While the light of the Gospel was darkened by the Mahometan conquests in some parts of the world where it had once shone brightly, it was spreading widely among the nations which had got possession of western Europe.
In England, successors of St. Augustine converted a large part of the Anglo-Saxons by their preaching, and much was also done by missionaries from the island of Iona, on the west of Scotland. There, as we have seen (p139), an Irish abbot, named Columba, had settled with some companions about the year 565, and from Iona their teaching had been carried all over the northern part of Britain. These missionaries from Iona to England found a home in the island of Lindisfarne, on the Northumbrian coast, which was given up to them by Oswald, king of Northumbria, and from them got the name of Holy Island. Oswald himself had been converted while an exile in Scotland; and, as he had learnt the language of the country there, he often helped the missionaries in their labours by interpreting what they said into the language of his own subjects who listened to them. The Scottish missionaries carried their labours even as far south as the river Thames; and their modest and humble ways gained the respect and love of the people so much that, as we are told by the Venerable Bede, wherever one of them appeared, he was joyfully received as the servant of God. Even those who met them on the road used eagerly to ask their blessing, and, whenever one of them came to any village, the inhabitants flocked to hear from him the message of the Gospel.
But these Scottish missionaries differed in some respects from the clergy who were connected with St. Augustine; and after a time a great meeting was held at Whitby, in Yorkshire, to settle the questions between them and the Roman Church. We must not suppose that these differences were of any real importance; for they were only about such small matters as the reckoning of the day on which Easter should he kept, and the way in which the hair of the clergy should be clipped or shaven. But, although these were mere trifles, the two parties were each so set on their own ways that no agreement could be come to; and the end was, that the Scottish missionaries went back to their own country, and did no more work for spreading the Gospel in England, although after a while the Scottish clergy, and those of Ireland too, were persuaded to shave their hair and to reckon their Easter in the same way as the other clergy of the West.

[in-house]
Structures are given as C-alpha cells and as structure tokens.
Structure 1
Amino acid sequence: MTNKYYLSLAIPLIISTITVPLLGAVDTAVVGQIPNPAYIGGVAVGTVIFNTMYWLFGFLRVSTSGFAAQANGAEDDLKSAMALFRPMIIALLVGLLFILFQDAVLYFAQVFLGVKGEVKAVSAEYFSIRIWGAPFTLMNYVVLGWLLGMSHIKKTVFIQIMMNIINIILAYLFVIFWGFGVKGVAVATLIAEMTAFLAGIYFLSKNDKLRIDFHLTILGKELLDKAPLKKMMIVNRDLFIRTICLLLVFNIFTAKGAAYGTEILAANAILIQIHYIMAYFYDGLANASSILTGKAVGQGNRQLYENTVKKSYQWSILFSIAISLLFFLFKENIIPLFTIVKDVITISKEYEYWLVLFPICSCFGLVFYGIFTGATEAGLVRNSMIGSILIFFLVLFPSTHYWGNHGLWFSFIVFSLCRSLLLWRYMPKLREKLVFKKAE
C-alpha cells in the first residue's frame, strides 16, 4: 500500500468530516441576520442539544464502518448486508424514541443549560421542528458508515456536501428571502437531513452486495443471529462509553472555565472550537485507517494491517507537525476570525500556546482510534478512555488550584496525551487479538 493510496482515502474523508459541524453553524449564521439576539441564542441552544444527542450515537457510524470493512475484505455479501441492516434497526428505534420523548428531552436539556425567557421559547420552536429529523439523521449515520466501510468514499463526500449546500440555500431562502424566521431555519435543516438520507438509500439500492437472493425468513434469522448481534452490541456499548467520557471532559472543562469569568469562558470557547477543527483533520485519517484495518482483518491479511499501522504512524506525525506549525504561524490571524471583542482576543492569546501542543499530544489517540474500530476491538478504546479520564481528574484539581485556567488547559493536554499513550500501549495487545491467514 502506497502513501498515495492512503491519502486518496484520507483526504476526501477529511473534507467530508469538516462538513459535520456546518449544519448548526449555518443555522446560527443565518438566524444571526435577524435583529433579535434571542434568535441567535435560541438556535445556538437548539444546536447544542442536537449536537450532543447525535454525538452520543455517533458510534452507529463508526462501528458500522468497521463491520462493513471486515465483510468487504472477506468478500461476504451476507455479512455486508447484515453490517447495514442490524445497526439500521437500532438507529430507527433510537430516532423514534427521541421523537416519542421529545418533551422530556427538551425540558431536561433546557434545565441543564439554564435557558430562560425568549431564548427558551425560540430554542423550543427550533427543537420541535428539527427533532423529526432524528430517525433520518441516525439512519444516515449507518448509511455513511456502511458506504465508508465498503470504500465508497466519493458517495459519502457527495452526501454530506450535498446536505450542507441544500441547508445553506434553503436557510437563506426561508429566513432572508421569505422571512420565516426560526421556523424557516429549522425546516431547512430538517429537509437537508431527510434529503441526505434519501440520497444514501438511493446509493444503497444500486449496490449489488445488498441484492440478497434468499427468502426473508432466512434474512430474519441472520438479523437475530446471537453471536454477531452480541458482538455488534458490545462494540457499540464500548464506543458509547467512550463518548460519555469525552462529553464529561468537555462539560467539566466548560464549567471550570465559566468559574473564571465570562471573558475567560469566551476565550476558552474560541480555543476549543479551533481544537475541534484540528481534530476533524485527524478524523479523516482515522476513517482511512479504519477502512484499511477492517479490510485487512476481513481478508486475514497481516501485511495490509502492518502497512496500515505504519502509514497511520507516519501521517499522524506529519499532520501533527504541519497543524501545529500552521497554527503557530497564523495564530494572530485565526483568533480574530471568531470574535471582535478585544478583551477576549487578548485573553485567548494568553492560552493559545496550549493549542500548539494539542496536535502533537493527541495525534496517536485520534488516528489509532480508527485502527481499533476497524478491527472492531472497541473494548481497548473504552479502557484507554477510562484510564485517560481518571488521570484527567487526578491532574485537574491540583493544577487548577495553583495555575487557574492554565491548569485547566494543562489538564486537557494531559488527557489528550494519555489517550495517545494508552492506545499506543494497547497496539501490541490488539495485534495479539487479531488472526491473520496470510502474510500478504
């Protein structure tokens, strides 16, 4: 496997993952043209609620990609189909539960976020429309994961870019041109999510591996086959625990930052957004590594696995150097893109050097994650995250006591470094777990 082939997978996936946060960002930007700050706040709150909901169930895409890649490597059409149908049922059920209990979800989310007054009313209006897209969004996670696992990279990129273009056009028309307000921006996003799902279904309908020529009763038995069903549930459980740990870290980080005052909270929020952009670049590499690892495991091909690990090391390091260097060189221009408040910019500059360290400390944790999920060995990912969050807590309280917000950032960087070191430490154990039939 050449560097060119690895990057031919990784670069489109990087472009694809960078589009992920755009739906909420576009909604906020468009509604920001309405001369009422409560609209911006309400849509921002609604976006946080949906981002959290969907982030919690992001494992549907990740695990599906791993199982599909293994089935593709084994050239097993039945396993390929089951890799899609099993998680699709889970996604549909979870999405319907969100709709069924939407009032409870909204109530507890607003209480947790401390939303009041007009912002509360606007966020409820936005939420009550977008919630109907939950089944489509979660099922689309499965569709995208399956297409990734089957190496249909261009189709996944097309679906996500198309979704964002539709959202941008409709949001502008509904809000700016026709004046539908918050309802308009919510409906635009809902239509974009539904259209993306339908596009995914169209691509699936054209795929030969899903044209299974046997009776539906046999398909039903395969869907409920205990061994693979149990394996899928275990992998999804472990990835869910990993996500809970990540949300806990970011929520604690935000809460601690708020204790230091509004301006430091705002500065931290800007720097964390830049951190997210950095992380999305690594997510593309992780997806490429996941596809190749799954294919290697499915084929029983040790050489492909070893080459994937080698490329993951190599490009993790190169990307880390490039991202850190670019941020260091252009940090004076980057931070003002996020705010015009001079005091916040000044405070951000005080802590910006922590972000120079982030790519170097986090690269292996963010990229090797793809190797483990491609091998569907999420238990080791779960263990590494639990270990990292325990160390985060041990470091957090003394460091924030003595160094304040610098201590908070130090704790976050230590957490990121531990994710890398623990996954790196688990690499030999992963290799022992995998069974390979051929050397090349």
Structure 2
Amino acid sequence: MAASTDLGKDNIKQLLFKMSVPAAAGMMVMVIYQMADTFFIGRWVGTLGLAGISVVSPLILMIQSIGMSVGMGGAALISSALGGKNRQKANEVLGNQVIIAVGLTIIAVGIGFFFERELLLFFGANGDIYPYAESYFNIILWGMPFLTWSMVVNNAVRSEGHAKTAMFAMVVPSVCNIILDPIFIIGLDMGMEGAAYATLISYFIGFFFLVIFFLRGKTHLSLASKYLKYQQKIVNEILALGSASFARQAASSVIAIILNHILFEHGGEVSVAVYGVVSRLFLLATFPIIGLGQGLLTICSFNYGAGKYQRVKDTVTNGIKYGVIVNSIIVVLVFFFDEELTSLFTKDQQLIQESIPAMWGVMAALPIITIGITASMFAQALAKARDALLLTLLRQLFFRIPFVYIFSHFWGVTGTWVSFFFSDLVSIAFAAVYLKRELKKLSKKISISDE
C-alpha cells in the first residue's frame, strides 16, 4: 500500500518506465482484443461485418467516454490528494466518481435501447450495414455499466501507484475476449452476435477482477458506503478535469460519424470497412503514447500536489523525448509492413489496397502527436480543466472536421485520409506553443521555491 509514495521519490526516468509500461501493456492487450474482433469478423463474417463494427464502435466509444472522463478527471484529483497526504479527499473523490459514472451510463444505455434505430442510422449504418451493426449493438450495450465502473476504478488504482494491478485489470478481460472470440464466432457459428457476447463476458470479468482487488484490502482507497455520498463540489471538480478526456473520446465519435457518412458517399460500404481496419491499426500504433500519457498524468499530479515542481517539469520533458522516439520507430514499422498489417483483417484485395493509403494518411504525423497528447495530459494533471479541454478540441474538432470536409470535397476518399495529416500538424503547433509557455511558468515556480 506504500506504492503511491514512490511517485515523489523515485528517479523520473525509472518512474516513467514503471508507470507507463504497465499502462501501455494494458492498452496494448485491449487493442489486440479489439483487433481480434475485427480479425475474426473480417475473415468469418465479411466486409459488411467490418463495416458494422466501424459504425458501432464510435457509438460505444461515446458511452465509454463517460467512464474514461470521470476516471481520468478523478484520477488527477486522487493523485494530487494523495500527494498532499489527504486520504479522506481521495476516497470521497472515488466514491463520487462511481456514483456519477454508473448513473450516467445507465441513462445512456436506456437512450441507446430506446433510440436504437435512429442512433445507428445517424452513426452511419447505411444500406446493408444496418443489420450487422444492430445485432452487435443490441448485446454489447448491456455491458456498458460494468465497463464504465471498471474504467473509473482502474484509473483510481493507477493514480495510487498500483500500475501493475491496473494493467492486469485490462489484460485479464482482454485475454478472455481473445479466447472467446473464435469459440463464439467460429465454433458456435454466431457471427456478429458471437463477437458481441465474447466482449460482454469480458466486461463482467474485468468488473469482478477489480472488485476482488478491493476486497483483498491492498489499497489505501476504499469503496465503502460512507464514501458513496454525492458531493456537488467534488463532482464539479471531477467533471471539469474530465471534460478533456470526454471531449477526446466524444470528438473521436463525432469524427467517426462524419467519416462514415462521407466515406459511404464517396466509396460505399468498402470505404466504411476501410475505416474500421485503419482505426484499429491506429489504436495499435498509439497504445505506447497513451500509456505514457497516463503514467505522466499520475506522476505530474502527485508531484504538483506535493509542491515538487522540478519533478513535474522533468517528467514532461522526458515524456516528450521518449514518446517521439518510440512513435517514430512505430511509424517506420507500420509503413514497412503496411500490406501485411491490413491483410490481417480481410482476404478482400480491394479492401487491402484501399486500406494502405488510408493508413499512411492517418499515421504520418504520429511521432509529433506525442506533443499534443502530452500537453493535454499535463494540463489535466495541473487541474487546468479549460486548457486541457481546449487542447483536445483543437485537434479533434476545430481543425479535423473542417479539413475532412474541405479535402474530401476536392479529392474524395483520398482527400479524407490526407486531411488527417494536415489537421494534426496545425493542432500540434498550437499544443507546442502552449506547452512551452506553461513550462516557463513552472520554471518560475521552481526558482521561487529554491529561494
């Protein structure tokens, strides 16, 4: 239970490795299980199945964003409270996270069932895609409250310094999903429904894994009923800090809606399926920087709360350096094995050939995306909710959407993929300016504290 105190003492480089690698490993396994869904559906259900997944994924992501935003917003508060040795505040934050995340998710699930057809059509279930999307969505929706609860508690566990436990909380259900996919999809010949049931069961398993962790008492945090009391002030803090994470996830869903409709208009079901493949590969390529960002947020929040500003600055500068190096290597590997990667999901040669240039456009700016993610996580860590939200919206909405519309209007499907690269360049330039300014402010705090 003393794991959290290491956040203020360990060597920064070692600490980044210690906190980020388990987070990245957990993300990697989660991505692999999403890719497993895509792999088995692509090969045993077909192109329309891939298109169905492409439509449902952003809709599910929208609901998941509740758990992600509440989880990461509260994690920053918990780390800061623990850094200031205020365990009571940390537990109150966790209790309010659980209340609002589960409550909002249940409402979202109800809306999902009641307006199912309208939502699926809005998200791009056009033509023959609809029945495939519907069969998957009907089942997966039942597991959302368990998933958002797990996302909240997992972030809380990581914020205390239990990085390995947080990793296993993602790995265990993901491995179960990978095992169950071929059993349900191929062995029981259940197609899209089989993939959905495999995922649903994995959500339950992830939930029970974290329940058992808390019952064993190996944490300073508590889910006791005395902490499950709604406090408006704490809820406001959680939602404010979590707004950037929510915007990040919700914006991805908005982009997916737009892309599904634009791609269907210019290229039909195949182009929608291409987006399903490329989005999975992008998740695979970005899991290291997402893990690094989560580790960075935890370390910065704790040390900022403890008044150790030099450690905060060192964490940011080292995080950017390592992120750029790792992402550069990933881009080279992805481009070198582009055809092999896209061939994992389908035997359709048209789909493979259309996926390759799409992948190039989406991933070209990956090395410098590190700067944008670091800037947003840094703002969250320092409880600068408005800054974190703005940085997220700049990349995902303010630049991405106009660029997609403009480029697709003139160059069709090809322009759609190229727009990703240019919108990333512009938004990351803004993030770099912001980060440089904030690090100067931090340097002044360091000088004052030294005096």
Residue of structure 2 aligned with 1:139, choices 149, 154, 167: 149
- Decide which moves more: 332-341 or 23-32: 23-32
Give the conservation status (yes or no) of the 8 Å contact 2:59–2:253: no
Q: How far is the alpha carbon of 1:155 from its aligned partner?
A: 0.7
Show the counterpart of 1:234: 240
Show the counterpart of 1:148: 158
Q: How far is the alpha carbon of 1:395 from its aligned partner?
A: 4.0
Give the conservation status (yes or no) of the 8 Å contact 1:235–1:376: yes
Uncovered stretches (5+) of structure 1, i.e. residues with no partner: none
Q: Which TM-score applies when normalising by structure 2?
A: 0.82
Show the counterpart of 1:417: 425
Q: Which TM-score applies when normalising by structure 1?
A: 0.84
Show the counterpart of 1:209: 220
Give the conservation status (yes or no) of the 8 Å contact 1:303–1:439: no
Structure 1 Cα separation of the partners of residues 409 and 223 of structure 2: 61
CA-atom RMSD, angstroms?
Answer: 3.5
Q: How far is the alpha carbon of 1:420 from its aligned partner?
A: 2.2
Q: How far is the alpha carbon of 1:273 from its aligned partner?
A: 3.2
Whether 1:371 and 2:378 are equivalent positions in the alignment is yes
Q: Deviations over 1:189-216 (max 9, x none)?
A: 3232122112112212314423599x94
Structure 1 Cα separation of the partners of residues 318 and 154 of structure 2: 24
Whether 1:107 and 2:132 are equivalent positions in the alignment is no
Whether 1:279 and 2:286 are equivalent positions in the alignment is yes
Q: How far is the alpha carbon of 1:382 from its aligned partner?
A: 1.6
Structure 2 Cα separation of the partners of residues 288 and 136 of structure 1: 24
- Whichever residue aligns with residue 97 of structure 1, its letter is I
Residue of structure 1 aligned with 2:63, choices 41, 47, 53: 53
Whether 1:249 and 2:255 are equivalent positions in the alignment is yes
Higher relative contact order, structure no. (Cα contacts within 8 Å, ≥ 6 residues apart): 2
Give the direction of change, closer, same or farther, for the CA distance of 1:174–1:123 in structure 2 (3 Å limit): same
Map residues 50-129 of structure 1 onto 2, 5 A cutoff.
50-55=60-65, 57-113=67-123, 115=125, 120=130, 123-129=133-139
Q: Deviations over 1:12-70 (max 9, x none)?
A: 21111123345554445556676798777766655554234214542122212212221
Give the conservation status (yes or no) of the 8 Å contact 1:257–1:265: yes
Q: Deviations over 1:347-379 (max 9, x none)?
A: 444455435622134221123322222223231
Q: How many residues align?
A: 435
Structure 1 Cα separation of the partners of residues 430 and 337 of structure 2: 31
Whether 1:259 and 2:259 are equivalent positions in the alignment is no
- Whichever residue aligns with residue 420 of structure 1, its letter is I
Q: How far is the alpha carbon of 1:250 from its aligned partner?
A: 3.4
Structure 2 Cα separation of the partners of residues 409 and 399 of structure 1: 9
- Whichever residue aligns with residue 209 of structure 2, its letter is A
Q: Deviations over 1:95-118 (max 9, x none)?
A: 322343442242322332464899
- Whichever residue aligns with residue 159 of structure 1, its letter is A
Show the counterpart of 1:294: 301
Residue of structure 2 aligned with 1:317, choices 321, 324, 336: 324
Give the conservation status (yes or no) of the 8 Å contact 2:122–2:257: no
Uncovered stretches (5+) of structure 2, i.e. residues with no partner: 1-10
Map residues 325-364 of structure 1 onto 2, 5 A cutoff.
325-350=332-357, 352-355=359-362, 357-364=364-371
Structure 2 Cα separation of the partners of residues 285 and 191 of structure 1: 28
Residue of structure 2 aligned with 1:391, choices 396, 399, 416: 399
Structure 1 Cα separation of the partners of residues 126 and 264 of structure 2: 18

In those dark times some of the most learned and famous men were English monks. Among them I shall mention only Bede, who is commonly called the Venerable, and to whose care we owe almost all our knowledge of the early history of the Church in this land. Bede was born about the year 673, near Jarrow, in Northumberland, and at the age of seven he entered the monastery of Jarrow, where the rest of his life was spent. He tells us of himself that he made it his pleasure every day "either to learn or to teach or to write something;" and, after having written many precious books during his quiet life in his cell at Jarrow, he died on the eve of Ascension-day in the year 734, just as he had finished a translation of St. John's Gospel.